A Ukranian jetliner that crashed minutes after takeoff from an Iranian airport, killing all 176 on board, is now being linked to a ballistic missile attack by Irani forces – news that will certainly impact the nation’s anxiety and grief, says a Greater Victoria professor.
The death toll includes at least 57 Canadians, more than one dozen British Columbians and one Greater Victoria resident – first-year bachelor of commerce student Roja Omidbakhsh.
“I think most Canadians are probably in a complete state of shock about what’s happened,” said Kenneth Christie, professor and program head for Royal Roads University’s Human Security and Peacebuilding graduate programs. “This is a national disaster. I think it’s going to take a long time. People are in shock and it’s obviously going to take quite some time for healing.”
According to an initial Iranian investigative report released Thursday, Flight PS752, a Boeing 737 operated by Ukranian International Airlines, was on fire and attempting to get back to the Tehran airport when it crashed after reaching nearly 8,000 feet of altitude. The report says the flight crew never made a radio call for help.
François-Philippe Champagne, Canada’s Foreign Affairs Minister, released a ‘readout’ of his conversation with the Iranian foreign minister in which the Canadian official “stressed the need” for Canadian officials to get quick access to Iran to provide consular services, help with identifying the deceased and take part in the investigation of the crash.
|Bodies of the victims of a Ukrainian plane crash are collected by rescue team at the scene of the crash in Shahedshahr, southwest of the capital Tehran, Iran, Wednesday, Jan. 8, 2020. A Ukrainian passenger jet carrying 176 people crashed on Wednesday, just minutes after taking off from the Iranian capital's main airport, turning farmland on the outskirts of Tehran into fields of flaming debris and killing all on board. (AP Photo/Ebrahim Noroozi)
The crash followed a week of escalating U.S.-Iran tensions, starting with an American drone strike that killed top Iranain commander Qasem Soleimani near Baghdad Jan. 3. U.S. military forces were evicted from the region, and Iranian state television reported that Iran would no longer abide by limits of its 2015 nuclear deal.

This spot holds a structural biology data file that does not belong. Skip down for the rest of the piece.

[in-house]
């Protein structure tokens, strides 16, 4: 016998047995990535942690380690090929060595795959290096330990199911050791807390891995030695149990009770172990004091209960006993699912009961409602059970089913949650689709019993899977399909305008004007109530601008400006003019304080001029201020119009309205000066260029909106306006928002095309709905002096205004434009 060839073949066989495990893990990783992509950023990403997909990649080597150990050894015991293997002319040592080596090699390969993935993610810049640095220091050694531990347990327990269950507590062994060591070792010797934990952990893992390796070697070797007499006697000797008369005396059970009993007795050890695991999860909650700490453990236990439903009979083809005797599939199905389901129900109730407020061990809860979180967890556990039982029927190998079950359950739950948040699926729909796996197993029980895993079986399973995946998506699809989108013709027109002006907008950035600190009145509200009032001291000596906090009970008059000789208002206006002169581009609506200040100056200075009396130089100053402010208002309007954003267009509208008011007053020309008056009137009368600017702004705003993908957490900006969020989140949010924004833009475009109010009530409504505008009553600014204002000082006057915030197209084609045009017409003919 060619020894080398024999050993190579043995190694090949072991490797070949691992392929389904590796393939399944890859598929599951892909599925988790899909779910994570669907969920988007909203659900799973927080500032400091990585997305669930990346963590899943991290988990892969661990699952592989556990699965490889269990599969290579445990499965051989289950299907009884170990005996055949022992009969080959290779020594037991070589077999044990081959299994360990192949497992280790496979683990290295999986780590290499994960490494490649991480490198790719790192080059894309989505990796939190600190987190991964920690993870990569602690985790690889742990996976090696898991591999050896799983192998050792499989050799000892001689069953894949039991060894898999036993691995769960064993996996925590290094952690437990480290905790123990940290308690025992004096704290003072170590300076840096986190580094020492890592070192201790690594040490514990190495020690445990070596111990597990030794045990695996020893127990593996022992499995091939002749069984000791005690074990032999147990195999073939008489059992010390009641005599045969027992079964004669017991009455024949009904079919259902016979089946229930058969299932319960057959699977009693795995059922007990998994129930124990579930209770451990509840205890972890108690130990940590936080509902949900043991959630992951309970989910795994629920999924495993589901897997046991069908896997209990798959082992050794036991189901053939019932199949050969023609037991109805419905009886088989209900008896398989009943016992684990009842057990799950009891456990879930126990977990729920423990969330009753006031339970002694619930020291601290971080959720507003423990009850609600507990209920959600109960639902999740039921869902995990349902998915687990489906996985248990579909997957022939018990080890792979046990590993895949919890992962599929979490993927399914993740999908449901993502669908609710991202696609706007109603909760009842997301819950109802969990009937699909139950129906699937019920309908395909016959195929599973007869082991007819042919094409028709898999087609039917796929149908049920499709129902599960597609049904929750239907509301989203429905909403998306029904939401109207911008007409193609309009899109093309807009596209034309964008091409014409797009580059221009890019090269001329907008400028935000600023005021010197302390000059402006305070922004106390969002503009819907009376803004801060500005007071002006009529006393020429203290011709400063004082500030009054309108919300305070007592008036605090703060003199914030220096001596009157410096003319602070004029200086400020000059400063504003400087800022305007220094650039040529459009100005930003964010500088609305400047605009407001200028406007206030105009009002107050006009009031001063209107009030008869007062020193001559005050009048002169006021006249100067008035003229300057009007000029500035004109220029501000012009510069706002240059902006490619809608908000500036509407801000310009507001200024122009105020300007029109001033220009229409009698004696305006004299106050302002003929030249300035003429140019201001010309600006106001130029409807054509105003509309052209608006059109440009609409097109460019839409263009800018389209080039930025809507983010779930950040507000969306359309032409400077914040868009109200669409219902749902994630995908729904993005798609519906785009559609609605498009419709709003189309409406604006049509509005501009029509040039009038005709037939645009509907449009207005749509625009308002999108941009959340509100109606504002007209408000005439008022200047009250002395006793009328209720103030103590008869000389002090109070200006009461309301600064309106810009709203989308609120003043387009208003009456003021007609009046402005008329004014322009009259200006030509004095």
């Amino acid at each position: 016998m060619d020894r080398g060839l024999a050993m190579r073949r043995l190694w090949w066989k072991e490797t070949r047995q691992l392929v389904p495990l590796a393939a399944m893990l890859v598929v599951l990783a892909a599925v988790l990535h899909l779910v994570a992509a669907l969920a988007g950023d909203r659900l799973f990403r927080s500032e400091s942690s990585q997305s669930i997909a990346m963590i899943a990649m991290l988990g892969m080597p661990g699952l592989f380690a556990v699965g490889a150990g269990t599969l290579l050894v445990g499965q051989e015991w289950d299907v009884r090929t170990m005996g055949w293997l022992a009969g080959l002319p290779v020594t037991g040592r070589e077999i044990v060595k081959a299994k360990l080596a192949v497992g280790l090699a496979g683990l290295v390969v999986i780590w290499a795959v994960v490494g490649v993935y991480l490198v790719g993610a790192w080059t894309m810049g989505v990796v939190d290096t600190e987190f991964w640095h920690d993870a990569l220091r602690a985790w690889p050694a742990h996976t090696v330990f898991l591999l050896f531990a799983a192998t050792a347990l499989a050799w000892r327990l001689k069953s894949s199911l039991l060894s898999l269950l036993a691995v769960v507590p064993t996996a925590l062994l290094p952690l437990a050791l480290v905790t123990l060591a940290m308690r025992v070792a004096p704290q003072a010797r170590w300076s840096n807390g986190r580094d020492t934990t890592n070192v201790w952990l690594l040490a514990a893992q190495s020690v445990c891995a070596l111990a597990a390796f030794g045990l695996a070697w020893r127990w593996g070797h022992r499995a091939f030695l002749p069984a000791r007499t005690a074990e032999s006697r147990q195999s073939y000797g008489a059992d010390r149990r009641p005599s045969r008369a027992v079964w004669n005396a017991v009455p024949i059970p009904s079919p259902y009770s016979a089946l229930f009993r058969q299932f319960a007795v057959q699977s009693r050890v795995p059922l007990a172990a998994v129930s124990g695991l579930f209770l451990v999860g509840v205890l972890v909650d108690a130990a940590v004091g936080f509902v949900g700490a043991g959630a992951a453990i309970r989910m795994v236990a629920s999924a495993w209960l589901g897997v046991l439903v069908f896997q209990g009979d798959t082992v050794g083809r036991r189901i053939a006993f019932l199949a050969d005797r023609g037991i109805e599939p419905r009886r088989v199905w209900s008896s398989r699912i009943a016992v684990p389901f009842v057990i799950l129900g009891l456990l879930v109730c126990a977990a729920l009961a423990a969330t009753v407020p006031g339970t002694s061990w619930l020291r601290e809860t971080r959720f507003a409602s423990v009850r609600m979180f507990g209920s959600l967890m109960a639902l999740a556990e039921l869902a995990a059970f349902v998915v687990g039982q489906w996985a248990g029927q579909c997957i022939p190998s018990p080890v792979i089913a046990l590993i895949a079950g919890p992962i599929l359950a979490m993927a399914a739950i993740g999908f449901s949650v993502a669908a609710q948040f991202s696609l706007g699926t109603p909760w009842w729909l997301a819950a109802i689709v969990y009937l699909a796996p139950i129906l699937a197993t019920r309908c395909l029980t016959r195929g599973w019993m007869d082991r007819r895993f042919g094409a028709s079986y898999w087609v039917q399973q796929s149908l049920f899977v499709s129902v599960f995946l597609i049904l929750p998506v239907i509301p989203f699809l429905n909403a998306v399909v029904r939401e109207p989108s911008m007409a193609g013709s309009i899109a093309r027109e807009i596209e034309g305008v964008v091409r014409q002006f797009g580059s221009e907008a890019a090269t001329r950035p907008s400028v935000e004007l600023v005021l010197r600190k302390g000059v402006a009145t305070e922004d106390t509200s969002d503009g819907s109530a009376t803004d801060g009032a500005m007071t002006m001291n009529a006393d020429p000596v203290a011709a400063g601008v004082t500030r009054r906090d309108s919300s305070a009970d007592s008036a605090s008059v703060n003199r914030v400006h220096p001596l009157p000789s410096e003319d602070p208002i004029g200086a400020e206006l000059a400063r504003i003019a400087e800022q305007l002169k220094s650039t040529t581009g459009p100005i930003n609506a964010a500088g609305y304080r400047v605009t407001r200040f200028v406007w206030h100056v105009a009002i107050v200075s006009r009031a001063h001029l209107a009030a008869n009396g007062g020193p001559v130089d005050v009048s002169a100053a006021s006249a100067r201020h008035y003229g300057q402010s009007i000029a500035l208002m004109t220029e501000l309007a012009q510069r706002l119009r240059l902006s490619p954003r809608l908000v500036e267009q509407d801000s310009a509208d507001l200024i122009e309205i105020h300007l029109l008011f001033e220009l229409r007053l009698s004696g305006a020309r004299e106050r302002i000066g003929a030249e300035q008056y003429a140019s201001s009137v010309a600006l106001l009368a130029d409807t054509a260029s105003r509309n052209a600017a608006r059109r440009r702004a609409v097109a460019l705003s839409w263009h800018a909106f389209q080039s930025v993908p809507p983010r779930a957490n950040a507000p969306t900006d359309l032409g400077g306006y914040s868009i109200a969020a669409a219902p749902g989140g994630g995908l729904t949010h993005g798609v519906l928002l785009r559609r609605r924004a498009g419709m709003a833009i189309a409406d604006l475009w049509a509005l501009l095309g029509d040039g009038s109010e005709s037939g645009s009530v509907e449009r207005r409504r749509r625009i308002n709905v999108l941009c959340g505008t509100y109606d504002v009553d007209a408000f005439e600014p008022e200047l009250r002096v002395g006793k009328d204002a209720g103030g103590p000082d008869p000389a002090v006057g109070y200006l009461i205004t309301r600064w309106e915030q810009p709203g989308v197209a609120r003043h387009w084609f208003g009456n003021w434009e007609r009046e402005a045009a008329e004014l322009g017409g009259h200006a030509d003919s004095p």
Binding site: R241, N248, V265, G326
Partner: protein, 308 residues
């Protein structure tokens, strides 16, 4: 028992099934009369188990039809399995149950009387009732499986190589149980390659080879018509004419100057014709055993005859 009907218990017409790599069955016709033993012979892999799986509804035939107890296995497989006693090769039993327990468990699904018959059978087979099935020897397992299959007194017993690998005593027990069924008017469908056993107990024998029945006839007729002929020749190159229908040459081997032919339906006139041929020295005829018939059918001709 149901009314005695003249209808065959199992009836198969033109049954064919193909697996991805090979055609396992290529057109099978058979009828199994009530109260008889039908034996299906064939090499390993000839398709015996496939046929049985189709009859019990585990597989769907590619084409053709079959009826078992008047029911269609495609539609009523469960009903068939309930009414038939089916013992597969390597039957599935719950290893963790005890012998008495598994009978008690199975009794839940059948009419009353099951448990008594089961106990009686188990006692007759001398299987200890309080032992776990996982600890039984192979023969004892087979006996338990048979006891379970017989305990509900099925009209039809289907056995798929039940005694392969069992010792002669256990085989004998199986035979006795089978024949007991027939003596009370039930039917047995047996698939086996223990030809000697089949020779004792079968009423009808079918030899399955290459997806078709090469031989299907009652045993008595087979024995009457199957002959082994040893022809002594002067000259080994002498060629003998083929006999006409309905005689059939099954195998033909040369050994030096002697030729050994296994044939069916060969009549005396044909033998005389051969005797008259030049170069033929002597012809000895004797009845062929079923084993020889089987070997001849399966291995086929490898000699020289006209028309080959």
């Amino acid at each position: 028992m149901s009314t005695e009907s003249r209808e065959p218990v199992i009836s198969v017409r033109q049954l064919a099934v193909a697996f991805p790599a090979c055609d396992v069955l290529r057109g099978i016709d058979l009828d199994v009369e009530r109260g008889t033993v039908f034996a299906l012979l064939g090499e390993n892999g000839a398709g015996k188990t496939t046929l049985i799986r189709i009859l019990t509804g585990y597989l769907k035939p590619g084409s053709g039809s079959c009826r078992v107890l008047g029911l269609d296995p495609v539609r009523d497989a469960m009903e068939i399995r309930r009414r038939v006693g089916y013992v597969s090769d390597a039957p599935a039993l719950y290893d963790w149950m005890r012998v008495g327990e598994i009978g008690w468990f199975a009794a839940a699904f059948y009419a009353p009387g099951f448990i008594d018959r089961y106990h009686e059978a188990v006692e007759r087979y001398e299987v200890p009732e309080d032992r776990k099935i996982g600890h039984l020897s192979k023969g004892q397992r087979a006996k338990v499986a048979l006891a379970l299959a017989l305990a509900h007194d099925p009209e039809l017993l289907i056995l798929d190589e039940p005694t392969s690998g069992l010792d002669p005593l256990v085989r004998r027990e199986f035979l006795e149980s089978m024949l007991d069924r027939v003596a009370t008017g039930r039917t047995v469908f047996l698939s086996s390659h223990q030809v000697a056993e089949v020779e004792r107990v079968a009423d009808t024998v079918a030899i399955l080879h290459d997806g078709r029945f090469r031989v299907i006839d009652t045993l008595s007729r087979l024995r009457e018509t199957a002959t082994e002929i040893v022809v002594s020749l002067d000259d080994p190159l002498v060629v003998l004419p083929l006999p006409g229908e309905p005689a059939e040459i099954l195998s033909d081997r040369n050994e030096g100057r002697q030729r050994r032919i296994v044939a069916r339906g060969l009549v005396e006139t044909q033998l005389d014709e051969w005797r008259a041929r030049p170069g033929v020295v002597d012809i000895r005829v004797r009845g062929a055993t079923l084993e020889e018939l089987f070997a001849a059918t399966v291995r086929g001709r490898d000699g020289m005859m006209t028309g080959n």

“Canada typically follows the line that the U.S. follows in terms of its foreign policy,” Christie said. “Though I think in this case there’s probably some upset that the U.S. went and conducted the drone strike against Soleimani on their own.”
On the same morning the plane crashed, Iran launched missile attacks on Iraq bases where American, Canadian and allied troops were stationed, announcing the strikes as retaliation for Soleimani’s killing. U.S. officials now say it is “highly likely” that an Iranian anti-aircraft missile downed the jetliner.
“Precisely at that moment in time and just a few hours before, Iran was launching missiles at American air bases in Iraq and there is some speculation that a missile might have hit the plane,” Christie said. “I think that kind of uncertainty about what happened, and the fact that the Iranians have not handed over the black box … I think that uncertainty and ambiguity exacerbated all that worry and anxiety and tension.
“Part of that will be about closure, to know what happened in those final moments,” he added.
Canada has not yet commented on the news that Iran was “likely” behind the crash, but has condemned the Iranian strikes on Iraqi bases. Champagne told Iran’s foreign affairs minister that “Canadians have many questions which will need to be answered.”
Prime Minister Justin Trudeau speaks in Ottawa following the fatal plane crash outside of Tehran, Iran, that claimed the lives of 176 people, including 63 Canadians. pic.twitter.com/uMTdY11jDO— CanadianPM (@CanadianPM) January 9, 2020
With files from the Associated Press.
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